I’d like to thank the Women’s Media Center for the tremendous opportunity to speak here today, and Ms. Steinem for the introduction—I’m honored. I’ve looked up to Ms. Steinem ever since I knew what feminism was. It’s not every day that you get introduced by an icon, so I may have to, at some point, pinch myself. I’m grateful for the introduction because, to be quite honest, it’s very hard for me to choose how to introduce myself sometimes—I feel like I have to choose somehow, because of the wide range of things I do, causes I support, or roles I embody—student, writer, teacher, activist. So a defining moment for me was when we were asked to introduce ourselves on the first day of my philosophy course at Stanford over the summer. I looked around the room, opened my mouth, and said: “I’m a feminist.”

My convictions didn’t start with finding a way to introduce myself, of course; they started gradually, and in some unlikely places. You see, growing up, like probably a lot of you, I loved princesses. I loved their fancy tiaras and elaborate dresses, convoluted names and inherited power. Now, this could have easily gone in the other direction—the influence of too many princesses getting rescued by Prince Charmings on white horses could have made me buy into this image of feminine as weak—except for the fact that I loved history, too. So in the pages of books, I did find my role models, just maybe not the role models most people would expect. I found Elizabeth the First infinitely cooler than Cinderella, because being imprisoned in the Tower of London while evading the possibility of your sister calling for your execution seems a lot tougher than throwing down a glass slipper. The lesson that being a bookworm taught me was that for every Snow White or Sleeping Beauty or Cinderella, there was a Catherine the Great or Joan of Arc or Eleanor Roosevelt. And when I starting writing my own stories, I determined that there had to be some characters who didn’t fit the stereotype of the “good little girl.” That came naturally to me, because that was around the same time I decided I was a feminist.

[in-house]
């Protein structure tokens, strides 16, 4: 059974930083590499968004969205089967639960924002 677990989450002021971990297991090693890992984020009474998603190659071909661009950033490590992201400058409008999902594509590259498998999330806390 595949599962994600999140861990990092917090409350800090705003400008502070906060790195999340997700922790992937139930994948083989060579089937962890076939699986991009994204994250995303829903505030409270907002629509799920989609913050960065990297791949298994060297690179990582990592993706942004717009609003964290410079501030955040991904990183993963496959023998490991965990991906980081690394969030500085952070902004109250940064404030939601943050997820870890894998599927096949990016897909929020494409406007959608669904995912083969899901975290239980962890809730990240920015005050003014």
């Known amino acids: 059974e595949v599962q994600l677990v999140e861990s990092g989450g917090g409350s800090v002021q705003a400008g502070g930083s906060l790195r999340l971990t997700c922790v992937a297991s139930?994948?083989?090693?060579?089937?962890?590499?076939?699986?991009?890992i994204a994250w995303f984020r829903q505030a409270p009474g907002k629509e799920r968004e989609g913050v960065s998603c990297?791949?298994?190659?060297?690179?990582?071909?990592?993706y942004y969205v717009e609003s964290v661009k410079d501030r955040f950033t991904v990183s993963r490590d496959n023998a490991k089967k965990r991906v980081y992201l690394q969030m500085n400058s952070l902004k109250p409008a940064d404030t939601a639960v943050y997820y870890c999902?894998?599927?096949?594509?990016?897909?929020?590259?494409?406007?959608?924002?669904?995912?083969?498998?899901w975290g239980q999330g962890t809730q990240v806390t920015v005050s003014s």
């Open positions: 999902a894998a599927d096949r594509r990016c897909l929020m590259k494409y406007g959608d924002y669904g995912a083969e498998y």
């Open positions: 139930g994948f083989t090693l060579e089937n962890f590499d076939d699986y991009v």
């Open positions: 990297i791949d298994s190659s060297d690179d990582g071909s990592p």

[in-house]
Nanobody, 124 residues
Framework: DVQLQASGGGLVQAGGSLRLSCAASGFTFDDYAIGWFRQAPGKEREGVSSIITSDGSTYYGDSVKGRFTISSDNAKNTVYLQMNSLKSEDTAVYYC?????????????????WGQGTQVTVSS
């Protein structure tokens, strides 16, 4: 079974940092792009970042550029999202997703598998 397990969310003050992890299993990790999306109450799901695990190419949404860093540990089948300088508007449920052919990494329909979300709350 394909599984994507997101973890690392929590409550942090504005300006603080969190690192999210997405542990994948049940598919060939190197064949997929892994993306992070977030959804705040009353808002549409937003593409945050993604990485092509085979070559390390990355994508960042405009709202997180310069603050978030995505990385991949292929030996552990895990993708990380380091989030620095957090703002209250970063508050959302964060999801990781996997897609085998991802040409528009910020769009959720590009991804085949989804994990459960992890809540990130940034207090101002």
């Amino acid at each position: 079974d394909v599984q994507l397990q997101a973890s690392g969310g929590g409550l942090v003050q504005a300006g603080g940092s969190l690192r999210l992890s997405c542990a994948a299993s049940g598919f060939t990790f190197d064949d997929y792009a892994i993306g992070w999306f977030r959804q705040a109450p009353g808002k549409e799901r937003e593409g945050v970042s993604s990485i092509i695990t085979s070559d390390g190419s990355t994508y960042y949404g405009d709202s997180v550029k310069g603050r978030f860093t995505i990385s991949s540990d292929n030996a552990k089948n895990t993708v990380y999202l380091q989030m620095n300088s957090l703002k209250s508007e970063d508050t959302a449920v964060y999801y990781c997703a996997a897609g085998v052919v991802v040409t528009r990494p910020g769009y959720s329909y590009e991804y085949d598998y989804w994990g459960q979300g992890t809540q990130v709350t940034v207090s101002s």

But I wonder why those three little words, “I’m a feminist,” can be so hard for girls and guys to say. When it is said, it’s often followed by some sort of apologetic qualifier—“…but, I still like when guys hold doors for me” and the like. Or it’s used in a pick-and-choose way, like “I’m a feminist when it comes to this,” or disavowed entirely “I wouldn’t call myself a feminist,” but then followed by an acknowledgement of current wrongs in society and a belief in equality for women that basically makes the speaker a feminist in all but name.
Be honest—you’ve probably done it, or you’ve seen it done.

We shouldn’t ever feel like we have to qualify, deny, or apologize for our belief in what’s right: equality. We can stop being scared of feminism. We need to make it cool, not scary or weird, to say, “I’m a feminist.” In Iowa during the Republican primaries there was a pledge going around, asking the candidates to affirm their family values. I would love for a feminism pledge to go around Congress. That might sound radical to some people. “Aren’t feminists those scary man-hating ladies in giant shoulder-padded power suits?” they might think. Not quite. According to the dictionary, feminism is just advocating “social, political, legal, and economic rights for women equal to those of men.” Definitions have power, because when you tell people that’s what a feminist is they sit up and say, “Well I guess then I’m a feminist.”